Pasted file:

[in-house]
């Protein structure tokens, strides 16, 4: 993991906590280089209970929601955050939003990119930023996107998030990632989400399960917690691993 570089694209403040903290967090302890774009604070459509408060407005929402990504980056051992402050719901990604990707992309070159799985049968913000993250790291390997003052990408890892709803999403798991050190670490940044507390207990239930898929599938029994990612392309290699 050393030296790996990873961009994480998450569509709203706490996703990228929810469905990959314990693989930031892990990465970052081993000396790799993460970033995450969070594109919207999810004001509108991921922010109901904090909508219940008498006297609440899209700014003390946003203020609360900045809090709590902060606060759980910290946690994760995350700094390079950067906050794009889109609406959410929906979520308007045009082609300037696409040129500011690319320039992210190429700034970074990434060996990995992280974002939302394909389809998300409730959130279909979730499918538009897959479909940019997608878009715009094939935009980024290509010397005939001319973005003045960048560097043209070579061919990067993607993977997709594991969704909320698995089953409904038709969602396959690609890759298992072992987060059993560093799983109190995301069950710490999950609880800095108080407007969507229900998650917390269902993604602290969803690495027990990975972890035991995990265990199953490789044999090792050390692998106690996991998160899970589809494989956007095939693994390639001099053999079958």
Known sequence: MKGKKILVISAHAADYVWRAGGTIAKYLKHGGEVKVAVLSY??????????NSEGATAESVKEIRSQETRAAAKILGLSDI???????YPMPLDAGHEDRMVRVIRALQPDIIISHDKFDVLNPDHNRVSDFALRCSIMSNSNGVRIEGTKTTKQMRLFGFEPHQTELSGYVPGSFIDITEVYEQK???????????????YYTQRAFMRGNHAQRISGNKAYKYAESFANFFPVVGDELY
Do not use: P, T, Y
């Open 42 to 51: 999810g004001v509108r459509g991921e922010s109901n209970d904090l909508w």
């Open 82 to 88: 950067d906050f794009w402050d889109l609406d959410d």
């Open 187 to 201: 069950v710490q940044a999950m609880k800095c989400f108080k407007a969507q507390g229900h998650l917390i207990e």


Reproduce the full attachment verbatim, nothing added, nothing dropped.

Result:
[in-house]
């Protein structure tokens, strides 16, 4: 993991906590280089209970929601955050939003990119930023996107998030990632989400399960917690691993 570089694209403040903290967090302890774009604070459509408060407005929402990504980056051992402050719901990604990707992309070159799985049968913000993250790291390997003052990408890892709803999403798991050190670490940044507390207990239930898929599938029994990612392309290699 050393030296790996990873961009994480998450569509709203706490996703990228929810469905990959314990693989930031892990990465970052081993000396790799993460970033995450969070594109919207999810004001509108991921922010109901904090909508219940008498006297609440899209700014003390946003203020609360900045809090709590902060606060759980910290946690994760995350700094390079950067906050794009889109609406959410929906979520308007045009082609300037696409040129500011690319320039992210190429700034970074990434060996990995992280974002939302394909389809998300409730959130279909979730499918538009897959479909940019997608878009715009094939935009980024290509010397005939001319973005003045960048560097043209070579061919990067993607993977997709594991969704909320698995089953409904038709969602396959690609890759298992072992987060059993560093799983109190995301069950710490999950609880800095108080407007969507229900998650917390269902993604602290969803690495027990990975972890035991995990265990199953490789044999090792050390692998106690996991998160899970589809494989956007095939693994390639001099053999079958």
Known sequence: MKGKKILVISAHAADYVWRAGGTIAKYLKHGGEVKVAVLSY??????????NSEGATAESVKEIRSQETRAAAKILGLSDI???????YPMPLDAGHEDRMVRVIRALQPDIIISHDKFDVLNPDHNRVSDFALRCSIMSNSNGVRIEGTKTTKQMRLFGFEPHQTELSGYVPGSFIDITEVYEQK???????????????YYTQRAFMRGNHAQRISGNKAYKYAESFANFFPVVGDELY
Do not use: P, T, Y
């Open 42 to 51: 999810g004001v509108r459509g991921e922010s109901n209970d904090l909508w």
């Open 82 to 88: 950067d906050f794009w402050d889109l609406d959410d």
């Open 187 to 201: 069950v710490q940044a999950m609880k800095c989400f108080k407007a969507q507390g229900h998650l917390i207990e």